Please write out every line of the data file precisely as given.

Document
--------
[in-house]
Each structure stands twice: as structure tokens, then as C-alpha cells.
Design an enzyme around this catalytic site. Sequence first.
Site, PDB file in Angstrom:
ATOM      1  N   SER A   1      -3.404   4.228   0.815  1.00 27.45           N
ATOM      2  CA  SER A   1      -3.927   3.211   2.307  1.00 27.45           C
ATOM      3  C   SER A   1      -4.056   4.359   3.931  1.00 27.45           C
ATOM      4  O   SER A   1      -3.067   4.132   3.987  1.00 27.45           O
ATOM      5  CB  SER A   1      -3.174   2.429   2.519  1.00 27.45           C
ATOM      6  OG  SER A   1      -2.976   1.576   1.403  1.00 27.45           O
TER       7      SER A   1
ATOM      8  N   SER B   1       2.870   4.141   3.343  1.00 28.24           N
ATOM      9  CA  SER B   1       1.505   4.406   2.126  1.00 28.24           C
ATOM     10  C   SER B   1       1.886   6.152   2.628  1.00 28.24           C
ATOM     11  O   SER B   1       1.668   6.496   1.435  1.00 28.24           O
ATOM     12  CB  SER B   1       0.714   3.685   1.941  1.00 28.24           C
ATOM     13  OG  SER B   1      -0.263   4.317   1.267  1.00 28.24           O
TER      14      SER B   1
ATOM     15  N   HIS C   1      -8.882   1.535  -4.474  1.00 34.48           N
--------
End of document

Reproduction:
[in-house]
Each structure stands twice: as structure tokens, then as C-alpha cells.
Design an enzyme around this catalytic site. Sequence first.
Site, PDB file in Angstrom:
ATOM      1  N   SER A   1      -3.404   4.228   0.815  1.00 27.45           N
ATOM      2  CA  SER A   1      -3.927   3.211   2.307  1.00 27.45           C
ATOM      3  C   SER A   1      -4.056   4.359   3.931  1.00 27.45           C
ATOM      4  O   SER A   1      -3.067   4.132   3.987  1.00 27.45           O
ATOM      5  CB  SER A   1      -3.174   2.429   2.519  1.00 27.45           C
ATOM      6  OG  SER A   1      -2.976   1.576   1.403  1.00 27.45           O
TER       7      SER A   1
ATOM      8  N   SER B   1       2.870   4.141   3.343  1.00 28.24           N
ATOM      9  CA  SER B   1       1.505   4.406   2.126  1.00 28.24           C
ATOM     10  C   SER B   1       1.886   6.152   2.628  1.00 28.24           C
ATOM     11  O   SER B   1       1.668   6.496   1.435  1.00 28.24           O
ATOM     12  CB  SER B   1       0.714   3.685   1.941  1.00 28.24           C
ATOM     13  OG  SER B   1      -0.263   4.317   1.267  1.00 28.24           O
TER      14      SER B   1
ATOM     15  N   HIS C   1      -8.882   1.535  -4.474  1.00 34.48           N